The stated meeting of Philadelphia City Council for Oct. 24, 2019, included the honoring of a Philadelphia media institution, a potential task-force for domestic worker rights, and movement on a bill aiming to set responsibilities for bedbug remediation.
City Council recognized PhillyCAM, Philadelphia’s nonprofit public access television and radio station, in honor of its 10th anniversary. Several councilmembers read portions of a resolution
PhillyCam television broadcasts are aired on Comcast channels 66, 966, and 967, and Verizon channels 29 and 30. PhillyCAM radio broadcasts on WPPM, 106.5 FM.
Councilmember Allan Domb, reading from the resolution, said the nonprofit is comprised of over 800 members and represents neighborhoods from across the city.
“[PhillyCAM is made up of an engaged constituency of people of color, working people, women, sexual minorities, people with disabilities, educators, artists, seniors, returning citizens, and young people,” Domb said.
Gretjen Clausing, executive director of PhillyCAM, said the organization is looking to continue to grow and preparing for 2020.
“We’ve got the presidential election and the census (coming up), and we are excited to be out there using media to get people fired up to vote and be counted,” Clausing said.
Councilmember Maria Quinones-Sanchez introduced a resolution calling for the creation of domestic workers standards and an implementation task force.
The nine-person task force would consider, analyze, and make recommendations to city council’s Committee on Law and Government and the Mayor’s Office of Labor regarding the legal protections, benefits, and working conditions for domestic workers.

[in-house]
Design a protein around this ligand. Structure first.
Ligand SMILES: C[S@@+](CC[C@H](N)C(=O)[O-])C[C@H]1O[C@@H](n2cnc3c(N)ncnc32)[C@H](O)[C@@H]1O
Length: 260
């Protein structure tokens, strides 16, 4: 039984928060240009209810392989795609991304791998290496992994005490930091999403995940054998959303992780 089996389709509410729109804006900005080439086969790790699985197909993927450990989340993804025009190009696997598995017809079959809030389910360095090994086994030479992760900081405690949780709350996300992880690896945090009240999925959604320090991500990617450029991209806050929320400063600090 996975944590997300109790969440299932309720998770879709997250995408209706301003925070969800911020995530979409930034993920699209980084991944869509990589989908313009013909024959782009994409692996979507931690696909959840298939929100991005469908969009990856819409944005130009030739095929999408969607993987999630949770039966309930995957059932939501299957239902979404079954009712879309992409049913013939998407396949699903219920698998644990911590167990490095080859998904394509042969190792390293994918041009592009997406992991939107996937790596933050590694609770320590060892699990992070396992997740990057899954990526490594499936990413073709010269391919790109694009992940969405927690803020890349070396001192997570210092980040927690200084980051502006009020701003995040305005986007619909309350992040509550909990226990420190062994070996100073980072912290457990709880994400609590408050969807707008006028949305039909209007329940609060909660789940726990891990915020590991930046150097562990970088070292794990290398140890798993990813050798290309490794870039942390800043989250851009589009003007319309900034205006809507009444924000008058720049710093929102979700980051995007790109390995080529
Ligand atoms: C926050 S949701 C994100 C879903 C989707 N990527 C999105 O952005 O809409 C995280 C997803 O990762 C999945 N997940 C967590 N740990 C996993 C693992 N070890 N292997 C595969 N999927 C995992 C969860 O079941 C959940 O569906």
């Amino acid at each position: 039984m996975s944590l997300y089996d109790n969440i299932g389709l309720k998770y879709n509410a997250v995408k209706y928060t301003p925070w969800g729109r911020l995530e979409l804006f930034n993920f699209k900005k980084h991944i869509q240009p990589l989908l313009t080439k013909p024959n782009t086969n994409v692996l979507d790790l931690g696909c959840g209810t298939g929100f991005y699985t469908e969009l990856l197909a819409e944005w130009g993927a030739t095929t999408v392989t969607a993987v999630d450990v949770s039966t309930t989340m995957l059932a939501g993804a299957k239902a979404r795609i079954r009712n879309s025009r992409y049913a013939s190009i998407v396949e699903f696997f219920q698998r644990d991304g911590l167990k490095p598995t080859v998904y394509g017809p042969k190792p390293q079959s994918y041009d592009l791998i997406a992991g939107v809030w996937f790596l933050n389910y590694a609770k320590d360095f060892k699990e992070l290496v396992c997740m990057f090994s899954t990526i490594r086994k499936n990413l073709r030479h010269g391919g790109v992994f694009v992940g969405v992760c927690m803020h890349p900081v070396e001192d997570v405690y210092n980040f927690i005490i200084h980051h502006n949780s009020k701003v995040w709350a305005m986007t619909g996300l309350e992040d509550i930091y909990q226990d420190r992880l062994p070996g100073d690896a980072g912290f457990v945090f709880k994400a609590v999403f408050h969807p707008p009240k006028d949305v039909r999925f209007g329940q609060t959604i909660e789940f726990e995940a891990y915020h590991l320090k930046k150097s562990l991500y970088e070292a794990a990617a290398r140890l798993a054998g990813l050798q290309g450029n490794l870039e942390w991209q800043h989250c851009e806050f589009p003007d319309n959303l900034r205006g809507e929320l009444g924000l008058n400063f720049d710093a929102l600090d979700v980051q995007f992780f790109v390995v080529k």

Quinones-Sanchez said the task-force was part of the domestic worker’s rights bill she proposed.
“We’ve been meeting as a task force in the summer, but we want to bring some other people around the table to help us guide through the implementation process,” Quinones-Sanchez said.
Bill 190106, a bill establishing tenant and landlord responsibilities for bedbug infestations, received a favorable recommendation from the Licenses and Inspections Committee and was heard in council for its first reading.
The bill received some backlash during its committee hearing due to the time frame tenants and landlords have a shared financial responsibility to remediate a bedbug infestation. Currently, the bill stipulates a tenant must notify a landlord within 90 days of moving into a rented space of a bedbug infestation. After 90 days, the cost of remediation is shared.
Critics of this amendment to the bill said 90 days is too short a time period to properly determine if an infestation was active. In some cases, an infestation may not be apparent for over a year.
Lawrence McGlynn is a recent graduate of Temple University’s Klein College of Media and Communication where he earned a Master’s in Journalism. For the next several months he will be reporting out of City Hall on various council and committee meetings, the city’s budget, and how these impact the daily lives of Philadelphians.
Please email any questions or concerns about this story to: email@example.com.